After playing three years at West Virginia, guard James Long became the team’s video coordinator this season.


MORGANTOWN, W.Va. — James Long used to eat up the drama of Selection Sunday, hanging on each NCAA tournament unveiling before scurrying to make his picks.

“I was the kid who would fill out 10 brackets,” he said.

This week presented him a new appreciation for the survive-and-advance pressure of March Madness: It’s his first year as video coordinator for West Virginia’s basketball team.

“It’s a lot more stressful,” said Long, who shifted into information-gathering mode Sunday night the moment 12th-seeded Murray State surfaced as the Mountaineers’ first-round opponent.

Across the ensuing hours, Long downloaded video of the Racers’ recent games from the databases many college teams utilize. Then he began editing clip reels of Murray State’s baskets, the baskets scored against them, and plays that created fouls — the first step in assembling a scouting report.

Head coach Bob Huggins and his assistants digest the video and evaluate reports that Long produces regarding situational tendencies of opponents. All this is condensed for WVU players to download via their phones or iPads.

A year ago Long was on the receiving end of those video clips, when he was a senior walk-on guard. Now he’s entering the NCAA tournament for the first time as a paid staffer, with a deeper understanding of the commitment it takes to keep an elite program elite.

“I knew our staff worked hard, but I didn’t know how hard they worked,” he said. “It really is incredible. It’s all you think about when you’re on this side of things.”

While Huggins described the video duties as “a thankless job,” Long was giddy for the opportunity that arose last summer when the retirement of assistant Billy Hahn led to staff shuffling. Long is reluctant to discuss jumpstarting his own coaching career or where his long-term ambitions lie.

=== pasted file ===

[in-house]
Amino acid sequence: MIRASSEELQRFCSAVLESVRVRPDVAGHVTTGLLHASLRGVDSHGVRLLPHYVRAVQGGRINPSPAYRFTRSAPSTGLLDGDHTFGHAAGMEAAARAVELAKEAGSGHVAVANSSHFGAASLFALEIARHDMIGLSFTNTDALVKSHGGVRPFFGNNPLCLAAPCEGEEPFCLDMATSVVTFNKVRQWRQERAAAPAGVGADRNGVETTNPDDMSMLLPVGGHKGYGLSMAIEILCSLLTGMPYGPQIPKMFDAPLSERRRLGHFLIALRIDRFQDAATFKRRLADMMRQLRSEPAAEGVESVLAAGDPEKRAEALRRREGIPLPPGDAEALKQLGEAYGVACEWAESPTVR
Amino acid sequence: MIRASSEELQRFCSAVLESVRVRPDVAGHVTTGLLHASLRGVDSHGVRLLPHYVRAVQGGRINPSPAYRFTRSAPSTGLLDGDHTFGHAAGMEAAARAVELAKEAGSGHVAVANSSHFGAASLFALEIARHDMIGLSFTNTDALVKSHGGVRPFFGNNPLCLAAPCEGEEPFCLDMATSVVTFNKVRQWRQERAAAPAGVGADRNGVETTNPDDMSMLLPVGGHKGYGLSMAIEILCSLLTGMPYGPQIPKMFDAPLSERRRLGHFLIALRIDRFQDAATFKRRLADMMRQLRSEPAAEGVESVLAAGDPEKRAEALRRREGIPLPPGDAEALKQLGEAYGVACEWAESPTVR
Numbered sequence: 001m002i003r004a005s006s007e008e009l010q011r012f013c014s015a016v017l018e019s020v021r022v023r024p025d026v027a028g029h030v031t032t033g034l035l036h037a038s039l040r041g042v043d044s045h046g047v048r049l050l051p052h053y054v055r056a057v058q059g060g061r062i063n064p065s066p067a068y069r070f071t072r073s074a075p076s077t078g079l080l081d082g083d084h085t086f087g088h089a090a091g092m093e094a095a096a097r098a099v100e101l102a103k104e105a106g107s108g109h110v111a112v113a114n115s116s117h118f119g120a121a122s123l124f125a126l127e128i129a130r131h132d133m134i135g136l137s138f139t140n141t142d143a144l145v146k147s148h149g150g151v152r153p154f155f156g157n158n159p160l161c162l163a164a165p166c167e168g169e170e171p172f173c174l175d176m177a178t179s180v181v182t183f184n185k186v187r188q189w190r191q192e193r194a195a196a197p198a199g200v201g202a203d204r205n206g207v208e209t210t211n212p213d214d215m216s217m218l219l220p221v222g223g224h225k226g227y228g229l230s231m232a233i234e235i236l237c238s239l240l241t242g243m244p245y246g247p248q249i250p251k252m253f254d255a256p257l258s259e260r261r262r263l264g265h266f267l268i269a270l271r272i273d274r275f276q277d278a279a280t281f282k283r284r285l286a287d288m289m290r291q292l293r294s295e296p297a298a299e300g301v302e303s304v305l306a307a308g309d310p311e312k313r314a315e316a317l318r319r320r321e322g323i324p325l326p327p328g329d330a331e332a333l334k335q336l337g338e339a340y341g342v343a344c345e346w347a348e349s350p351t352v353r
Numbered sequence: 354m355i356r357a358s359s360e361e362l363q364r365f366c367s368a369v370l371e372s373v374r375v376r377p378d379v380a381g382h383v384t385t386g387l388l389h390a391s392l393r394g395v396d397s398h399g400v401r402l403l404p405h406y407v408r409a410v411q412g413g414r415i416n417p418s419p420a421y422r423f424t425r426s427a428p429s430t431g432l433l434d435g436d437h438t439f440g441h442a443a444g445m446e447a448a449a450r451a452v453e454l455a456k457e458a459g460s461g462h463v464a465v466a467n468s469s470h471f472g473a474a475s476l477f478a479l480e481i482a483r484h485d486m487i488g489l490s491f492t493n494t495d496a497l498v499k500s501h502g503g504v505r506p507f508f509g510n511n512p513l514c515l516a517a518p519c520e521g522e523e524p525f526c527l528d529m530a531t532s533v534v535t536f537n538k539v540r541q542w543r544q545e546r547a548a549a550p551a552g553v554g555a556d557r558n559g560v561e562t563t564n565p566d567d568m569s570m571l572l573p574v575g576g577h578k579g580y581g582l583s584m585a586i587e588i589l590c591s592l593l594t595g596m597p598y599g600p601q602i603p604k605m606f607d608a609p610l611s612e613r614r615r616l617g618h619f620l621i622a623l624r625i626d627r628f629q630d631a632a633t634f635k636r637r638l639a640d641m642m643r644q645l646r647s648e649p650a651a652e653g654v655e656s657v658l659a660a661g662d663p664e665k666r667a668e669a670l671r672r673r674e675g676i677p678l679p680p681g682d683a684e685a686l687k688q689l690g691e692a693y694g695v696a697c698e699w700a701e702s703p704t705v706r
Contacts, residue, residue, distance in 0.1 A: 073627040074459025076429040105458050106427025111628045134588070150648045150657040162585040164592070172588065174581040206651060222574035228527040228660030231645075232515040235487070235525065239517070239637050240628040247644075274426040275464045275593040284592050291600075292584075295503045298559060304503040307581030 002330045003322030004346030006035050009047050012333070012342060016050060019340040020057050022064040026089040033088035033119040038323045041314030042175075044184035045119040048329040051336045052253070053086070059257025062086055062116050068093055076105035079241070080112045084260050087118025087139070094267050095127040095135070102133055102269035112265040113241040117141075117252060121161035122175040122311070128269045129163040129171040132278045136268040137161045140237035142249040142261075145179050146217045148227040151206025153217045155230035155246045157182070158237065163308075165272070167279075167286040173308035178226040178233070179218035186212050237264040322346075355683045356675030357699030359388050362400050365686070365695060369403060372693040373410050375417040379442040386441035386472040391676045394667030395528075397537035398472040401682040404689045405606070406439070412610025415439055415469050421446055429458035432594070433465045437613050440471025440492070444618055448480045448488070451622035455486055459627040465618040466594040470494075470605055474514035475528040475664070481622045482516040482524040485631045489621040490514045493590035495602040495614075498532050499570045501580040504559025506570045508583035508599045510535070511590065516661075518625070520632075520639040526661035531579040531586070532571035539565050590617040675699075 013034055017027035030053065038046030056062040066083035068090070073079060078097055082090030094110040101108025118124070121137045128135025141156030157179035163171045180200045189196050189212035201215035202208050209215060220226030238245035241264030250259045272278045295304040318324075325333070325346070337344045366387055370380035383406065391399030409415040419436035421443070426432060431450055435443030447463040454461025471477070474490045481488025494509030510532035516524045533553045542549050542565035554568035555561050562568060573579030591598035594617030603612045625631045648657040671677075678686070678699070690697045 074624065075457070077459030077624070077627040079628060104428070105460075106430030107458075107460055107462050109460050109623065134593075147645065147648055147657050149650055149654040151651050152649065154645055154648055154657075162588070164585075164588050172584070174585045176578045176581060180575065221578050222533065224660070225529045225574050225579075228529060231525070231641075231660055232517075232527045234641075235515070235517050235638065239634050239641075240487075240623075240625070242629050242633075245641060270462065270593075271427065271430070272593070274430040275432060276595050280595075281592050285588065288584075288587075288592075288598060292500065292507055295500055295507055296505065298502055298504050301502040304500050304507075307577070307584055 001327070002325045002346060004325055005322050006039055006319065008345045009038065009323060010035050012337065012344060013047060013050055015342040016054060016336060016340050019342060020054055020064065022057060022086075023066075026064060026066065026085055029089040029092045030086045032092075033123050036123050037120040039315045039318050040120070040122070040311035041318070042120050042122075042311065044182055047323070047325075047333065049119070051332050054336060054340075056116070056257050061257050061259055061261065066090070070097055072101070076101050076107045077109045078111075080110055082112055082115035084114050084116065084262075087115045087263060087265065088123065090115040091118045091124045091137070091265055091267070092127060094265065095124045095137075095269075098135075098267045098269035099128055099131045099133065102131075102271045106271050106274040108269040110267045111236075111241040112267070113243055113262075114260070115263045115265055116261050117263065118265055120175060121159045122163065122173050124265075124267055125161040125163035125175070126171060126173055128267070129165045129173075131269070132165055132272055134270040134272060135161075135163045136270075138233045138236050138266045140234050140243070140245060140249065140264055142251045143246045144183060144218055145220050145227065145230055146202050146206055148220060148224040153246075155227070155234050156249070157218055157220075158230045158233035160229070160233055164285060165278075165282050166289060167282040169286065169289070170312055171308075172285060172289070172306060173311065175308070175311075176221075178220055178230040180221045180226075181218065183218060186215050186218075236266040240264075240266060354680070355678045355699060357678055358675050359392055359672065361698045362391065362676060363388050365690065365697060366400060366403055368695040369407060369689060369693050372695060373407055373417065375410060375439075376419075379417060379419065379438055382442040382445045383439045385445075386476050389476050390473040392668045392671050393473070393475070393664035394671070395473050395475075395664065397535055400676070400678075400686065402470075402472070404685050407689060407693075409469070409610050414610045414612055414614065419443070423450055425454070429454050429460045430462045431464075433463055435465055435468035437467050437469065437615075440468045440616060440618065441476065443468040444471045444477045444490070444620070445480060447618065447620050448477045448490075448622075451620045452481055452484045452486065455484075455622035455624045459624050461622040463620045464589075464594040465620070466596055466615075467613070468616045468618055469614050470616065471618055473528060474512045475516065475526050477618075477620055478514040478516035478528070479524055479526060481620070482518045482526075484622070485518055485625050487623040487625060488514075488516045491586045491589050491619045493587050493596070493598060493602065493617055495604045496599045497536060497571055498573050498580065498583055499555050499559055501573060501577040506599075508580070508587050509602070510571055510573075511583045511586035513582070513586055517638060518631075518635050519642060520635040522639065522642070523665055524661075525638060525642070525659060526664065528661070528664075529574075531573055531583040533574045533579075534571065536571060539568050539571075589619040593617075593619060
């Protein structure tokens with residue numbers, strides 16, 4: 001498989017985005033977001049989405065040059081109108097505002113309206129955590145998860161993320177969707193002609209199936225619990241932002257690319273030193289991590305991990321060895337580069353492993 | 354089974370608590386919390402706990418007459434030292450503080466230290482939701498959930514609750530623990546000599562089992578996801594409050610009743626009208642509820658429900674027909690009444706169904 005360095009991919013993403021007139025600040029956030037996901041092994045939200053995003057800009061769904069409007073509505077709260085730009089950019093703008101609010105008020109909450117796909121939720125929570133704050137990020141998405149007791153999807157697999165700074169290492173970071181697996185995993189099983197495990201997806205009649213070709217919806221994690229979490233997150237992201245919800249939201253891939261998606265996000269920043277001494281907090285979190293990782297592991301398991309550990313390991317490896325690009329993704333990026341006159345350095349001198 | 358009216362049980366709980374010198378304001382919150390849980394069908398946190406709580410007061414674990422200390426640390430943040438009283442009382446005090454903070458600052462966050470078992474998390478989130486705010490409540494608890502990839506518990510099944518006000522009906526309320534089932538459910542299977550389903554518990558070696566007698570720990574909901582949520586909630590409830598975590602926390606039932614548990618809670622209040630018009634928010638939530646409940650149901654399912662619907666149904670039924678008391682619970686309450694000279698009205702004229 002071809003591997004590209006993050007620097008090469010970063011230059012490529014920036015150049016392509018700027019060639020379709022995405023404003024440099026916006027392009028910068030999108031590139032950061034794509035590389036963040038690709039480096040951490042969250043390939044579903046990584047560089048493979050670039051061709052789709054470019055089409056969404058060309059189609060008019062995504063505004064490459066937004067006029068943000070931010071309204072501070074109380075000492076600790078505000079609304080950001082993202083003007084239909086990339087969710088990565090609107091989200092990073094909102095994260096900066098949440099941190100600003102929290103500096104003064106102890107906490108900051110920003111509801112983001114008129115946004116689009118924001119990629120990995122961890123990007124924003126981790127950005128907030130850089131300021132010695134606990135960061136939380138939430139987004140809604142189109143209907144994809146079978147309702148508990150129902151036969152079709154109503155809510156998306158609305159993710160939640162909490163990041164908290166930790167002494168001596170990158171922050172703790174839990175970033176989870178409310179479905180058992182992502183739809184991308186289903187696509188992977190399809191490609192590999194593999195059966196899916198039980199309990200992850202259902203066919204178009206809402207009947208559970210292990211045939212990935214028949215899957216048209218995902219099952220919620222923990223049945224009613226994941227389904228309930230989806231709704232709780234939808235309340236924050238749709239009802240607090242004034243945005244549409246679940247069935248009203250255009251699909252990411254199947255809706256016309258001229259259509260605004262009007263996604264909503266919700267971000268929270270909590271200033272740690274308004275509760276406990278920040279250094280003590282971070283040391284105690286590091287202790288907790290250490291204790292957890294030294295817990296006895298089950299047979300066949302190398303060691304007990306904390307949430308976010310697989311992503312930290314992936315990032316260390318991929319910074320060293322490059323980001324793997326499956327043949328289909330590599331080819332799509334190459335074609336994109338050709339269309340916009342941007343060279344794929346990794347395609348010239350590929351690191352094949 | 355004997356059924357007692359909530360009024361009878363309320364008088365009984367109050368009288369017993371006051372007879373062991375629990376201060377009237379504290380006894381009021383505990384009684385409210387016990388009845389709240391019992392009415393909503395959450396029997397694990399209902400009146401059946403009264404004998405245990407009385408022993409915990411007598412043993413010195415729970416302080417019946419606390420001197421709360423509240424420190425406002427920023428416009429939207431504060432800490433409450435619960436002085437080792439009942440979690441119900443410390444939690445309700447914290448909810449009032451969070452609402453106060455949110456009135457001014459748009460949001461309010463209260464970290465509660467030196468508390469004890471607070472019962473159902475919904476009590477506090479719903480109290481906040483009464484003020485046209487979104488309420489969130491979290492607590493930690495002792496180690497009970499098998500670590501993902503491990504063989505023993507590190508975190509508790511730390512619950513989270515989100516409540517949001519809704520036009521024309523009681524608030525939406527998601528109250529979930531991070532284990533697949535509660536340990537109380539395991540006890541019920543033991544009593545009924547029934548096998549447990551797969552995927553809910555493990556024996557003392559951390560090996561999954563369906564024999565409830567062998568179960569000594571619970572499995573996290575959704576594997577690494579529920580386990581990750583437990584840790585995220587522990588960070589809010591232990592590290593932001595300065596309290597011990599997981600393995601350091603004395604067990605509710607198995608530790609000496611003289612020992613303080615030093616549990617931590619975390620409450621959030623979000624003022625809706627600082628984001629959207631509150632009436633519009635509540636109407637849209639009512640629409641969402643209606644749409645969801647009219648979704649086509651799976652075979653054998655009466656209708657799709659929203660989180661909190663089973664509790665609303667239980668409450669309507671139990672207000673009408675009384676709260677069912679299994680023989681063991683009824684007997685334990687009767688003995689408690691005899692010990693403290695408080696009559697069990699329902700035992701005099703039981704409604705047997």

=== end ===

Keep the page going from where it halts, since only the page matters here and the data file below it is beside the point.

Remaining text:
“I’m just trying to be good at this job right now,” he said. “I’m not thinking about anything else down the line.”

Long gives an assist to an older staffer down the hall. Josh Eilert, the director of basketball operations, patiently spent the previous 10 years coordinating video for Huggins at Kansas State and West Virginia.

“When I first got the job he told me, ‘I’ll be here if you need me, so don’t hesitate to ask.’ But there were so many questions I had for Josh, that I felt bad,” Long said. “He would literally stop what he was doing to help me. He’s a tremendous person, and he helped me understand what the assistants like and what Huggs likes.”

Huggins reportedly favors DVDs over streaming video, ripping through stacks of them as he sizes up opponents.

“He sees everything, because he’s always working hard and watching film,” Long said. “There’s a reason he’s one of the best coaches to ever do it. When you watch him break down the game, it’s incredible.”

Of course Long has a sense for what his former teammates like, too, having been a part of Press Virginia for three years.

“James is familiar with how we play,” guard Beetle Bolden said. “We were already good friends and it’s made our relationship better having him as one of the go-to coaches. He brings positivity into your ear when things are looking down for you.”

Murray State (26-5) won the Ohio Valley Conference regular-season and clinched an NCAA bid with a dominant tournament showing. The most recent games become the most scrutinized.

“You don’t look at what happened in November and December — you generally go over the last five games,” Huggins said. “The teams in the tournament are playing for conference championships, so they’re not hiding anything. They’re putting their best out there.

“You figure out what they run the most and how they get their best players shots.”

While players must remain wholly focused on playing the Racers in Friday’s opener, Long has begun early preparation for potential second-round matchups against Wichita State or Marshall. He learned about working ahead during the Advocare Invitational in November and the Big 12 tournament last weekend.

“It’s a very time-consuming job,” Huggins said. “James is in here after games until 3 o’clock in the morning so he can get stuff ready for practice the next day.”

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